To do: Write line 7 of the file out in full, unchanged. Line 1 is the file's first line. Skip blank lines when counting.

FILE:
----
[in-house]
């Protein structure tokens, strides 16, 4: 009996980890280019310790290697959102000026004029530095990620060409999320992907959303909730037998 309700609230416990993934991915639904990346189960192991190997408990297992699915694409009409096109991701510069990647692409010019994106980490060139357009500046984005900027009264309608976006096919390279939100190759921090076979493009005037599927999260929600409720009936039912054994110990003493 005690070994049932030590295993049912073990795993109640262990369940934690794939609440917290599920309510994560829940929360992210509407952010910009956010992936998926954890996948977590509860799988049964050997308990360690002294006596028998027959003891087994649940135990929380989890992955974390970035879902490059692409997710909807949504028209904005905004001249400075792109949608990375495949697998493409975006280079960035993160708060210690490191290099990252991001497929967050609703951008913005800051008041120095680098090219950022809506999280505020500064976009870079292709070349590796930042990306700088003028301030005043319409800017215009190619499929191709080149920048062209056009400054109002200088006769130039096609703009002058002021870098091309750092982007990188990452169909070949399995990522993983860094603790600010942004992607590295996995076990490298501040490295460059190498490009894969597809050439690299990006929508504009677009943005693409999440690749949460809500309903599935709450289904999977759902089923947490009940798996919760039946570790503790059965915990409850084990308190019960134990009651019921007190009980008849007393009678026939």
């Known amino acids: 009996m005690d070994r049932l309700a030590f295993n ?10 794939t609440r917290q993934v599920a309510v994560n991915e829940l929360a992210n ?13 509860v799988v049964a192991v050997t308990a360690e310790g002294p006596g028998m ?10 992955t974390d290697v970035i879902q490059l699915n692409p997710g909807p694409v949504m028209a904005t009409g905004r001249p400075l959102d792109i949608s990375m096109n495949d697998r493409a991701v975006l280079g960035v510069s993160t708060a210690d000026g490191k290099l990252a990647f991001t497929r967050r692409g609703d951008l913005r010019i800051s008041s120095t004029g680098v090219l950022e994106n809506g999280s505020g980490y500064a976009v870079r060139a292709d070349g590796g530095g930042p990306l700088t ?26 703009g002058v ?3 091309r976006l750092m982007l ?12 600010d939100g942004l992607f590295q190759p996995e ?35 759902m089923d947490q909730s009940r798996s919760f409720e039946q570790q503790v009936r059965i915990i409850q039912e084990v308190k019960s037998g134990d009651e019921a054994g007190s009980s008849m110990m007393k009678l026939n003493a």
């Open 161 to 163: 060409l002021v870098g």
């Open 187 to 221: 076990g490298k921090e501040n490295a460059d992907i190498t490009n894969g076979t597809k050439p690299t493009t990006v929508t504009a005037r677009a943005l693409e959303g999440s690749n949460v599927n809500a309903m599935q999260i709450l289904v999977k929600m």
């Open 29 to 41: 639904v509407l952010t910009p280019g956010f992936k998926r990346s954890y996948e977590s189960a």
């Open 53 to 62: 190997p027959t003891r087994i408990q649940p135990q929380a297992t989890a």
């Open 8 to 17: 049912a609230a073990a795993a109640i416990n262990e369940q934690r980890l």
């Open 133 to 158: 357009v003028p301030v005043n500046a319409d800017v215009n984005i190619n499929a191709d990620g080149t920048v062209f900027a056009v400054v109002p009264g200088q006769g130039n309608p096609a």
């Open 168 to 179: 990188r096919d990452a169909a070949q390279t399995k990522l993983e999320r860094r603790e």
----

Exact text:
């Open 53 to 62: 190997p027959t003891r087994i408990q649940p135990q929380a297992t989890a």